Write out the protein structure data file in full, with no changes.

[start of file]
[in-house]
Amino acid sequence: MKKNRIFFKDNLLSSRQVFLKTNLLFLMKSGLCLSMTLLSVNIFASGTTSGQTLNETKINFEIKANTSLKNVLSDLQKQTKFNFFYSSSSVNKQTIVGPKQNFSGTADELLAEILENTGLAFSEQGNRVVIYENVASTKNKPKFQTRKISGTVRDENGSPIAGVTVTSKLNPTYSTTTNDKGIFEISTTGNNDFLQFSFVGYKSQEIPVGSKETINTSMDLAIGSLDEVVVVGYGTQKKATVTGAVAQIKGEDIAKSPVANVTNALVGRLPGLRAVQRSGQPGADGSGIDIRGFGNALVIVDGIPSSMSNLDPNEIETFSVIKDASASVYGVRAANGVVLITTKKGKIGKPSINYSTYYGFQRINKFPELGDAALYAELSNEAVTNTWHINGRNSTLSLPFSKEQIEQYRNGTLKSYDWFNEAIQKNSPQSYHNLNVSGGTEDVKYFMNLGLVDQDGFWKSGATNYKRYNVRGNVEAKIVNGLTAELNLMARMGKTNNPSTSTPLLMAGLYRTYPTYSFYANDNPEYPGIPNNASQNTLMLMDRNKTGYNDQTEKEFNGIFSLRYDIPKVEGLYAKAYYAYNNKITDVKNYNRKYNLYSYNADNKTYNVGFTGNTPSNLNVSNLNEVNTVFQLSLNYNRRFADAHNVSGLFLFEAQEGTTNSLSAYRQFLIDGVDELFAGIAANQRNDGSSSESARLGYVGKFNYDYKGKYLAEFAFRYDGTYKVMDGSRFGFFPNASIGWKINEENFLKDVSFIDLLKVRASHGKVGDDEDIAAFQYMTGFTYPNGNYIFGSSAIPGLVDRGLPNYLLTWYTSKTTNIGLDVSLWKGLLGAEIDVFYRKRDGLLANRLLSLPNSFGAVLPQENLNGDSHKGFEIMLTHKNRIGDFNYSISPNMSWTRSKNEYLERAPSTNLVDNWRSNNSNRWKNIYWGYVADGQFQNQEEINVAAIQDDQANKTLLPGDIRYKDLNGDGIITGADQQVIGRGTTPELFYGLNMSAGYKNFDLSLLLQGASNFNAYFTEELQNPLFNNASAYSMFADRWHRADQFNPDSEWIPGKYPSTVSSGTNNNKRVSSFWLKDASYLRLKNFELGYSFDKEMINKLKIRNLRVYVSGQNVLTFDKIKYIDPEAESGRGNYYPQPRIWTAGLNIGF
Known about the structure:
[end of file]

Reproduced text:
[in-house]
Amino acid sequence: MKKNRIFFKDNLLSSRQVFLKTNLLFLMKSGLCLSMTLLSVNIFASGTTSGQTLNETKINFEIKANTSLKNVLSDLQKQTKFNFFYSSSSVNKQTIVGPKQNFSGTADELLAEILENTGLAFSEQGNRVVIYENVASTKNKPKFQTRKISGTVRDENGSPIAGVTVTSKLNPTYSTTTNDKGIFEISTTGNNDFLQFSFVGYKSQEIPVGSKETINTSMDLAIGSLDEVVVVGYGTQKKATVTGAVAQIKGEDIAKSPVANVTNALVGRLPGLRAVQRSGQPGADGSGIDIRGFGNALVIVDGIPSSMSNLDPNEIETFSVIKDASASVYGVRAANGVVLITTKKGKIGKPSINYSTYYGFQRINKFPELGDAALYAELSNEAVTNTWHINGRNSTLSLPFSKEQIEQYRNGTLKSYDWFNEAIQKNSPQSYHNLNVSGGTEDVKYFMNLGLVDQDGFWKSGATNYKRYNVRGNVEAKIVNGLTAELNLMARMGKTNNPSTSTPLLMAGLYRTYPTYSFYANDNPEYPGIPNNASQNTLMLMDRNKTGYNDQTEKEFNGIFSLRYDIPKVEGLYAKAYYAYNNKITDVKNYNRKYNLYSYNADNKTYNVGFTGNTPSNLNVSNLNEVNTVFQLSLNYNRRFADAHNVSGLFLFEAQEGTTNSLSAYRQFLIDGVDELFAGIAANQRNDGSSSESARLGYVGKFNYDYKGKYLAEFAFRYDGTYKVMDGSRFGFFPNASIGWKINEENFLKDVSFIDLLKVRASHGKVGDDEDIAAFQYMTGFTYPNGNYIFGSSAIPGLVDRGLPNYLLTWYTSKTTNIGLDVSLWKGLLGAEIDVFYRKRDGLLANRLLSLPNSFGAVLPQENLNGDSHKGFEIMLTHKNRIGDFNYSISPNMSWTRSKNEYLERAPSTNLVDNWRSNNSNRWKNIYWGYVADGQFQNQEEINVAAIQDDQANKTLLPGDIRYKDLNGDGIITGADQQVIGRGTTPELFYGLNMSAGYKNFDLSLLLQGASNFNAYFTEELQNPLFNNASAYSMFADRWHRADQFNPDSEWIPGKYPSTVSSGTNNNKRVSSFWLKDASYLRLKNFELGYSFDKEMINKLKIRNLRVYVSGQNVLTFDKIKYIDPEAESGRGNYYPQPRIWTAGLNIGF
Known about the structure: